Elon Musk’s next venture may link human brains with computers

Could humans someday use their thoughts to communicate with their cars?

brain nerves connections
A Health Blog (CC BY-SA 2.0)

Tesla and SpaceX founder Elon Musk today indicated he may be helping a new company that would develop technology that lets humans communicate their thoughts to computers.

While Musk hasn't made many details about the new venture public, he included the name "Neuralink" in a tweet.

Elon Musk Neurolink Twitter

In that post, Musk alluded to information about his plans that would be released on the blog site, WaitButWhy.

WaitButWhy, whose co-founder and principal writer is Tim Urban, has published a series of interviews with Musk about his companies and the industries in which they exist.

"Long Neuralink piece coming out on @waitbutwhy in about a week. Difficult to dedicate the time, but existential risk is too high not to," Musk wrote.

Registered as a medical research company, California-based Neuralink Corp., is developing what Musk has referred to as a "neural lace" technology, which would implant small electrodes in a person's brain that would then upload and download thoughts, according to a report in The Wall Street Journal.

"Elon Musk is starting a new company," Urban wrote on WaitButWhy. "It's a really extremely cool company and I can't wait to tell you about it. I was given the lowdown about it earlier this month and have been rapid-fire learning ever since. Turns out the brain is obnoxiously not simple. But don't worry, there's a deadline."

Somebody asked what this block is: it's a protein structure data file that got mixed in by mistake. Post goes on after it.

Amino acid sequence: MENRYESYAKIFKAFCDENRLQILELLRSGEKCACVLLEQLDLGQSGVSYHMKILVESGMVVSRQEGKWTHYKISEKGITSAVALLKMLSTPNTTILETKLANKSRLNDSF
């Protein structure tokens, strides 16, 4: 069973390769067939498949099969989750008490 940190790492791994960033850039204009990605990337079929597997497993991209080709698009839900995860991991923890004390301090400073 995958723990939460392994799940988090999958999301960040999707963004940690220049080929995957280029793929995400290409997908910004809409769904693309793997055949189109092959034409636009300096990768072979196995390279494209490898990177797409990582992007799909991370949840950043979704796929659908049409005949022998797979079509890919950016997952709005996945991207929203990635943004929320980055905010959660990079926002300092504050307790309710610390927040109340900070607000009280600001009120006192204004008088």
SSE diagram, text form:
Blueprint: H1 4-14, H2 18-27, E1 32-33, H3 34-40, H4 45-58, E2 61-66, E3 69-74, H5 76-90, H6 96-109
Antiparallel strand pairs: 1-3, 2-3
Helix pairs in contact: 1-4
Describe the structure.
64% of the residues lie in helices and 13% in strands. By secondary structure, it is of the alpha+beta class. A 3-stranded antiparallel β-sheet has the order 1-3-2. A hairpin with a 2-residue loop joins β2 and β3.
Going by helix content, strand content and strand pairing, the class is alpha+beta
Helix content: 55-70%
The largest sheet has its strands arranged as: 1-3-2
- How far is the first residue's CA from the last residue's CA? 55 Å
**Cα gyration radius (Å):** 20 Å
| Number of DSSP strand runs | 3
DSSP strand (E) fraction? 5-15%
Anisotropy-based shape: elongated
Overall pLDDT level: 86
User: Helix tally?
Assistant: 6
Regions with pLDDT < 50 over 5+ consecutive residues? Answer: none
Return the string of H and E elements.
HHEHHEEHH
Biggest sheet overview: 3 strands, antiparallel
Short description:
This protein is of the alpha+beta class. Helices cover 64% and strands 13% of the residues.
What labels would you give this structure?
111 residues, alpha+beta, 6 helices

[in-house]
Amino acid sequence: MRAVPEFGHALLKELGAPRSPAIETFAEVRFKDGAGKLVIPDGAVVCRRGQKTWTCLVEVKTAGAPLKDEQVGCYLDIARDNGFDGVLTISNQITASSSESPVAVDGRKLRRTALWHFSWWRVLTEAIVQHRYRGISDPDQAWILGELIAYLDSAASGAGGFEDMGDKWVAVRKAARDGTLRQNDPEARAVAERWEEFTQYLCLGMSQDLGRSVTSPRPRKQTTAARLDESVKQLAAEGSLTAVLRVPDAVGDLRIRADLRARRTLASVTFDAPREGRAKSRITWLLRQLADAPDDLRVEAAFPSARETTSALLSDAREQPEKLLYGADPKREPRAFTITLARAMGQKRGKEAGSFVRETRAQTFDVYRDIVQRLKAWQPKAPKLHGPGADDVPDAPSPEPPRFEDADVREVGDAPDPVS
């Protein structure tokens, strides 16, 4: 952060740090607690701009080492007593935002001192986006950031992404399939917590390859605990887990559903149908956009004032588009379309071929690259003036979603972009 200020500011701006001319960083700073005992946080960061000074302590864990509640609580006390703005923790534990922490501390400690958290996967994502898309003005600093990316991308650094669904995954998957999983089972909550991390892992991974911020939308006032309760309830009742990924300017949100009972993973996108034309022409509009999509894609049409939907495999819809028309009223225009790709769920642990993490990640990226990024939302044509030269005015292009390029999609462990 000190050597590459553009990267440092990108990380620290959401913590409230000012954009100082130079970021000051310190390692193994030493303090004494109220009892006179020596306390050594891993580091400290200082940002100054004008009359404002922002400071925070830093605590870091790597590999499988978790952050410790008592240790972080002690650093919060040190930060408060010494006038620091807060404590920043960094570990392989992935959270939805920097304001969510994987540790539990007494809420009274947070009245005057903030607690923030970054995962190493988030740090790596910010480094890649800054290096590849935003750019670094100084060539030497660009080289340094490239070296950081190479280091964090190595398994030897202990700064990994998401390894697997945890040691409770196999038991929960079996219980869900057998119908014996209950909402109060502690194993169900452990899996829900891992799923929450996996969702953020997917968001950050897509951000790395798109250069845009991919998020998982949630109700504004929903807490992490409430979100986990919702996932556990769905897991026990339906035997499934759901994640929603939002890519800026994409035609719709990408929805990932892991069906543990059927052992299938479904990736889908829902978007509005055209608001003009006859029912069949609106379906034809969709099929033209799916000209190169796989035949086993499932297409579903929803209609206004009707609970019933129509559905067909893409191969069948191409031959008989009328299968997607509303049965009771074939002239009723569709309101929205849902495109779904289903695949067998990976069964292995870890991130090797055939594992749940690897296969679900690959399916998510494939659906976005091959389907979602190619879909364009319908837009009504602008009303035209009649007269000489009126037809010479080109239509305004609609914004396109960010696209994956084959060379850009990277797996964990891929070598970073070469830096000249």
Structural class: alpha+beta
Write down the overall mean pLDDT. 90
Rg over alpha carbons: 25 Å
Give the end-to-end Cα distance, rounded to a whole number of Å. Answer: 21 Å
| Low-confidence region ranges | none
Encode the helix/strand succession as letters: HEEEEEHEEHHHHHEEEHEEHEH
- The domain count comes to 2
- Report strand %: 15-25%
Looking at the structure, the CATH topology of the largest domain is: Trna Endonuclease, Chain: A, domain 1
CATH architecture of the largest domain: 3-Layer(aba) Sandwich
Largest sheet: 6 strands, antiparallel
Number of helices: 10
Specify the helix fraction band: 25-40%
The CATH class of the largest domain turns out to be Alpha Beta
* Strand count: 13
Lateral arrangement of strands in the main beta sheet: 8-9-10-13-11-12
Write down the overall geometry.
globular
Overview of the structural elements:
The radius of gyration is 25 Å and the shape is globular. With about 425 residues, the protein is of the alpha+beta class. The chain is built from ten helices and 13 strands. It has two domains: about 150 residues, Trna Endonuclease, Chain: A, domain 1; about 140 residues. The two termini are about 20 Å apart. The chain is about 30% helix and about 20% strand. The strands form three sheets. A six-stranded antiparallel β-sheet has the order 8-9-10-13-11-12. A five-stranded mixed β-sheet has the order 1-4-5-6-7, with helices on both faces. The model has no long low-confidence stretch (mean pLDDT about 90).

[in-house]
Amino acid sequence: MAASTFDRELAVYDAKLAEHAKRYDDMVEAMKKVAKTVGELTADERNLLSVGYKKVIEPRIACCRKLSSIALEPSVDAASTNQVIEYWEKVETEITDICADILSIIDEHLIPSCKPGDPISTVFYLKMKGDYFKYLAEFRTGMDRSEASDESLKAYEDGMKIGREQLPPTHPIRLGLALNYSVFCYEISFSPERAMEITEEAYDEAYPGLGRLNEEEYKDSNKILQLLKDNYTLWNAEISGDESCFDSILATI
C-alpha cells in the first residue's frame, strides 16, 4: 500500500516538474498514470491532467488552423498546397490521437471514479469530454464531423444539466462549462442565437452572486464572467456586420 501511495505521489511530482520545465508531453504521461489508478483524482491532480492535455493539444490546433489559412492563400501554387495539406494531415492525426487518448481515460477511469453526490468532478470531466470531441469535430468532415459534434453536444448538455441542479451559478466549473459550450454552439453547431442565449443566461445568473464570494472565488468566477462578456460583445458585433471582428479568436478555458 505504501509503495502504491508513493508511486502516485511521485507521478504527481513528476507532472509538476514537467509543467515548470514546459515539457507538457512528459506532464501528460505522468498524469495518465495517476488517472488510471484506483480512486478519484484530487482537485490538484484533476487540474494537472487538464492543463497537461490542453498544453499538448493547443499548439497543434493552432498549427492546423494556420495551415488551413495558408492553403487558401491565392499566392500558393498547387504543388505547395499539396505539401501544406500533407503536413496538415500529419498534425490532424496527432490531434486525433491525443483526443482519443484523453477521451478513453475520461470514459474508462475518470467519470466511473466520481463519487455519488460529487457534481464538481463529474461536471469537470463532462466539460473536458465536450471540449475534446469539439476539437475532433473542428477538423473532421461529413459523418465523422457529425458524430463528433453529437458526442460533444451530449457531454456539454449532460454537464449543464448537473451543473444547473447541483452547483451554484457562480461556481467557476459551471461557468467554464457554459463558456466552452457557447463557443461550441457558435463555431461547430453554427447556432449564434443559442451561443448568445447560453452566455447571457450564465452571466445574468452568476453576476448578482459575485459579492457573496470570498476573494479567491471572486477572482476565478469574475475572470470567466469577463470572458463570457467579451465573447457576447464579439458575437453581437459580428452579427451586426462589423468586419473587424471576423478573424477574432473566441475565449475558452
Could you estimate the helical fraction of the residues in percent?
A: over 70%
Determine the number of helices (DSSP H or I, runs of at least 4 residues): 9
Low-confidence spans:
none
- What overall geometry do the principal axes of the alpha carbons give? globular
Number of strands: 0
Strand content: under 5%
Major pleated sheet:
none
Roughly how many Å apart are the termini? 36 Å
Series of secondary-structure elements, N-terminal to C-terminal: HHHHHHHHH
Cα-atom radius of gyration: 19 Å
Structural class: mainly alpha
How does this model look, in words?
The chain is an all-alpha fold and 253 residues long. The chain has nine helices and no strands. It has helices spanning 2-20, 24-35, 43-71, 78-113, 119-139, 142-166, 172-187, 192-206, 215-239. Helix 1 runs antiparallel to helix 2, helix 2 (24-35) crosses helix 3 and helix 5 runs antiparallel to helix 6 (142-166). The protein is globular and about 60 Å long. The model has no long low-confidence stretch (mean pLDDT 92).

Musk's tweet today is not his first alluding to the concept of technology that could link a person's cognitive thoughts to a computer.

At the Code Conference last year, Musk said: "Something I think is going to be quite important...is a neural lace."

The term "Neural Lace" was first coined by the science fiction author Iain M Banks in his Culture novels, and refers to a mesh of electronic input-output devices that grow to become part of a human's brain.

In 2014, the peer-reviewed journal Nature Nanotechnology published research around syringe-injectable electronics that could reside in regions of the brain and could record neural functions.

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